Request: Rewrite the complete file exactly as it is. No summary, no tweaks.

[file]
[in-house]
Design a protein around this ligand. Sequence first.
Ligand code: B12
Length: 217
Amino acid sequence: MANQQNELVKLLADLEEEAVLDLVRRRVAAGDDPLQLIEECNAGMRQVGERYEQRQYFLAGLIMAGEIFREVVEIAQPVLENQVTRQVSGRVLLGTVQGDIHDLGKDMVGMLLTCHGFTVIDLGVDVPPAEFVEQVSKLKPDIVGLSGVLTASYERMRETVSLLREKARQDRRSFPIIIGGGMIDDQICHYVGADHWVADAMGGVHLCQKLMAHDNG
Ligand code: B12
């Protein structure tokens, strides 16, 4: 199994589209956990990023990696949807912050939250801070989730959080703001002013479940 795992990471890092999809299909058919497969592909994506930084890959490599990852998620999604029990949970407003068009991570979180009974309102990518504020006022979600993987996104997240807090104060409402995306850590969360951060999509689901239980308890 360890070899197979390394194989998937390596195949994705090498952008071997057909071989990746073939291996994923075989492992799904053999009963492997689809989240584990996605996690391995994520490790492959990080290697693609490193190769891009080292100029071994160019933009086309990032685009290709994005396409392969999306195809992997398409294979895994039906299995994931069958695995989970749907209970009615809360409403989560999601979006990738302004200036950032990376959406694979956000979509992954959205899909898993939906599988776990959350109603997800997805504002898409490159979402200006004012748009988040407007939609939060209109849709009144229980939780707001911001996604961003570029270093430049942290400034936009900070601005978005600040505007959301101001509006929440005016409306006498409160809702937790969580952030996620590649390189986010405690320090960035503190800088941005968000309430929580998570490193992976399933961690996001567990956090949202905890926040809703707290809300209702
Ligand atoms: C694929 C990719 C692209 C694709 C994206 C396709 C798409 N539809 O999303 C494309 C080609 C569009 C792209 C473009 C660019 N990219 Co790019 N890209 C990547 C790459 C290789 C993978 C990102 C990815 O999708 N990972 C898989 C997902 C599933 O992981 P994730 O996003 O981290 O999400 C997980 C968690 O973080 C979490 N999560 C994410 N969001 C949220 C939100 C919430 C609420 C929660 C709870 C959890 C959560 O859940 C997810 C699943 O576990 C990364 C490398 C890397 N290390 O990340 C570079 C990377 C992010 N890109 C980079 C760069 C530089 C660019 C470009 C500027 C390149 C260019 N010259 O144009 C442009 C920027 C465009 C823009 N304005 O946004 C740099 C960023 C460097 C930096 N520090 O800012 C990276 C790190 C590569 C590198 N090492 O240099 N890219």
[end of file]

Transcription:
[in-house]
Design a protein around this ligand. Sequence first.
Ligand code: B12
Length: 217
Amino acid sequence: MANQQNELVKLLADLEEEAVLDLVRRRVAAGDDPLQLIEECNAGMRQVGERYEQRQYFLAGLIMAGEIFREVVEIAQPVLENQVTRQVSGRVLLGTVQGDIHDLGKDMVGMLLTCHGFTVIDLGVDVPPAEFVEQVSKLKPDIVGLSGVLTASYERMRETVSLLREKARQDRRSFPIIIGGGMIDDQICHYVGADHWVADAMGGVHLCQKLMAHDNG
Ligand code: B12
């Protein structure tokens, strides 16, 4: 199994589209956990990023990696949807912050939250801070989730959080703001002013479940 795992990471890092999809299909058919497969592909994506930084890959490599990852998620999604029990949970407003068009991570979180009974309102990518504020006022979600993987996104997240807090104060409402995306850590969360951060999509689901239980308890 360890070899197979390394194989998937390596195949994705090498952008071997057909071989990746073939291996994923075989492992799904053999009963492997689809989240584990996605996690391995994520490790492959990080290697693609490193190769891009080292100029071994160019933009086309990032685009290709994005396409392969999306195809992997398409294979895994039906299995994931069958695995989970749907209970009615809360409403989560999601979006990738302004200036950032990376959406694979956000979509992954959205899909898993939906599988776990959350109603997800997805504002898409490159979402200006004012748009988040407007939609939060209109849709009144229980939780707001911001996604961003570029270093430049942290400034936009900070601005978005600040505007959301101001509006929440005016409306006498409160809702937790969580952030996620590649390189986010405690320090960035503190800088941005968000309430929580998570490193992976399933961690996001567990956090949202905890926040809703707290809300209702
Ligand atoms: C694929 C990719 C692209 C694709 C994206 C396709 C798409 N539809 O999303 C494309 C080609 C569009 C792209 C473009 C660019 N990219 Co790019 N890209 C990547 C790459 C290789 C993978 C990102 C990815 O999708 N990972 C898989 C997902 C599933 O992981 P994730 O996003 O981290 O999400 C997980 C968690 O973080 C979490 N999560 C994410 N969001 C949220 C939100 C919430 C609420 C929660 C709870 C959890 C959560 O859940 C997810 C699943 O576990 C990364 C490398 C890397 N290390 O990340 C570079 C990377 C992010 N890109 C980079 C760069 C530089 C660019 C470009 C500027 C390149 C260019 N010259 O144009 C442009 C920027 C465009 C823009 N304005 O946004 C740099 C960023 C460097 C930096 N520090 O800012 C990276 C790190 C590569 C590198 N090492 O240099 N890219």